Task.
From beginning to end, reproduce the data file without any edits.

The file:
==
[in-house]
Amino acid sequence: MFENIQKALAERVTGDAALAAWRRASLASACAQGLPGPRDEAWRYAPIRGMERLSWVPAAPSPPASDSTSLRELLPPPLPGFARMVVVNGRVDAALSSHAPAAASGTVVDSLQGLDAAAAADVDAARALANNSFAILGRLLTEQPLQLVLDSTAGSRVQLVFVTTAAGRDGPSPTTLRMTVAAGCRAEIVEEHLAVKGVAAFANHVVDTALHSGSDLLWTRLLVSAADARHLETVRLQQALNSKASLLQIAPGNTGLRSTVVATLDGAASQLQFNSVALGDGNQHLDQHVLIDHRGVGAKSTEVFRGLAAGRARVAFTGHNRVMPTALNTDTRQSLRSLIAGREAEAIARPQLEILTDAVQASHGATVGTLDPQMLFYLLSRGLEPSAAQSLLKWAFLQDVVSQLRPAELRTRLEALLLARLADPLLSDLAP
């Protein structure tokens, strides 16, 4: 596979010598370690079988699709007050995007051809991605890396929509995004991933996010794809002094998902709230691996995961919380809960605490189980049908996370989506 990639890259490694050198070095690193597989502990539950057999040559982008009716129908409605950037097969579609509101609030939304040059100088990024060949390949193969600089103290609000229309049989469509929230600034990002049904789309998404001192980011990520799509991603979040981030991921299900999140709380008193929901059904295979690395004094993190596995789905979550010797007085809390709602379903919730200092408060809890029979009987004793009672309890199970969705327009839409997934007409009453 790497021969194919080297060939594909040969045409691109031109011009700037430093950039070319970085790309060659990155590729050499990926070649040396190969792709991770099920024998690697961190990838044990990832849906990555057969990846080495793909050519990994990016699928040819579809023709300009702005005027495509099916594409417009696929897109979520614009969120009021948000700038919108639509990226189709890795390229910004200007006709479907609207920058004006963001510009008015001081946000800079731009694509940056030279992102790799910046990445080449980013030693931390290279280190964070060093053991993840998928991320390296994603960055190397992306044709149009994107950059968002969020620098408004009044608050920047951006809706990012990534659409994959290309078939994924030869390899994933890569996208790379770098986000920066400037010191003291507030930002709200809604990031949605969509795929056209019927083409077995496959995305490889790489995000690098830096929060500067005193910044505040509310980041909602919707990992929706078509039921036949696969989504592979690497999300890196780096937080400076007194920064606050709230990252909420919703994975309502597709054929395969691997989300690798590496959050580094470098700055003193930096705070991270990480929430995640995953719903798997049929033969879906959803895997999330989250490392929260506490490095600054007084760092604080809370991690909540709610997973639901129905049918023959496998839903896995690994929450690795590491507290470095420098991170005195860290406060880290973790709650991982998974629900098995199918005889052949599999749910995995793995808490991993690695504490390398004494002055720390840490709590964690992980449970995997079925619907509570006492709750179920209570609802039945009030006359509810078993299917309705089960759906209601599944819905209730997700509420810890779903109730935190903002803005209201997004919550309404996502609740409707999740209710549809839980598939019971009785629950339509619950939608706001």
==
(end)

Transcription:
[in-house]
Amino acid sequence: MFENIQKALAERVTGDAALAAWRRASLASACAQGLPGPRDEAWRYAPIRGMERLSWVPAAPSPPASDSTSLRELLPPPLPGFARMVVVNGRVDAALSSHAPAAASGTVVDSLQGLDAAAAADVDAARALANNSFAILGRLLTEQPLQLVLDSTAGSRVQLVFVTTAAGRDGPSPTTLRMTVAAGCRAEIVEEHLAVKGVAAFANHVVDTALHSGSDLLWTRLLVSAADARHLETVRLQQALNSKASLLQIAPGNTGLRSTVVATLDGAASQLQFNSVALGDGNQHLDQHVLIDHRGVGAKSTEVFRGLAAGRARVAFTGHNRVMPTALNTDTRQSLRSLIAGREAEAIARPQLEILTDAVQASHGATVGTLDPQMLFYLLSRGLEPSAAQSLLKWAFLQDVVSQLRPAELRTRLEALLLARLADPLLSDLAP
């Protein structure tokens, strides 16, 4: 596979010598370690079988699709007050995007051809991605890396929509995004991933996010794809002094998902709230691996995961919380809960605490189980049908996370989506 990639890259490694050198070095690193597989502990539950057999040559982008009716129908409605950037097969579609509101609030939304040059100088990024060949390949193969600089103290609000229309049989469509929230600034990002049904789309998404001192980011990520799509991603979040981030991921299900999140709380008193929901059904295979690395004094993190596995789905979550010797007085809390709602379903919730200092408060809890029979009987004793009672309890199970969705327009839409997934007409009453 790497021969194919080297060939594909040969045409691109031109011009700037430093950039070319970085790309060659990155590729050499990926070649040396190969792709991770099920024998690697961190990838044990990832849906990555057969990846080495793909050519990994990016699928040819579809023709300009702005005027495509099916594409417009696929897109979520614009969120009021948000700038919108639509990226189709890795390229910004200007006709479907609207920058004006963001510009008015001081946000800079731009694509940056030279992102790799910046990445080449980013030693931390290279280190964070060093053991993840998928991320390296994603960055190397992306044709149009994107950059968002969020620098408004009044608050920047951006809706990012990534659409994959290309078939994924030869390899994933890569996208790379770098986000920066400037010191003291507030930002709200809604990031949605969509795929056209019927083409077995496959995305490889790489995000690098830096929060500067005193910044505040509310980041909602919707990992929706078509039921036949696969989504592979690497999300890196780096937080400076007194920064606050709230990252909420919703994975309502597709054929395969691997989300690798590496959050580094470098700055003193930096705070991270990480929430995640995953719903798997049929033969879906959803895997999330989250490392929260506490490095600054007084760092604080809370991690909540709610997973639901129905049918023959496998839903896995690994929450690795590491507290470095420098991170005195860290406060880290973790709650991982998974629900098995199918005889052949599999749910995995793995808490991993690695504490390398004494002055720390840490709590964690992980449970995997079925619907509570006492709750179920209570609802039945009030006359509810078993299917309705089960759906209601599944819905209730997700509420810890779903109730935190903002803005209201997004919550309404996502609740409707999740209710549809839980598939019971009785629950339509619950939608706001």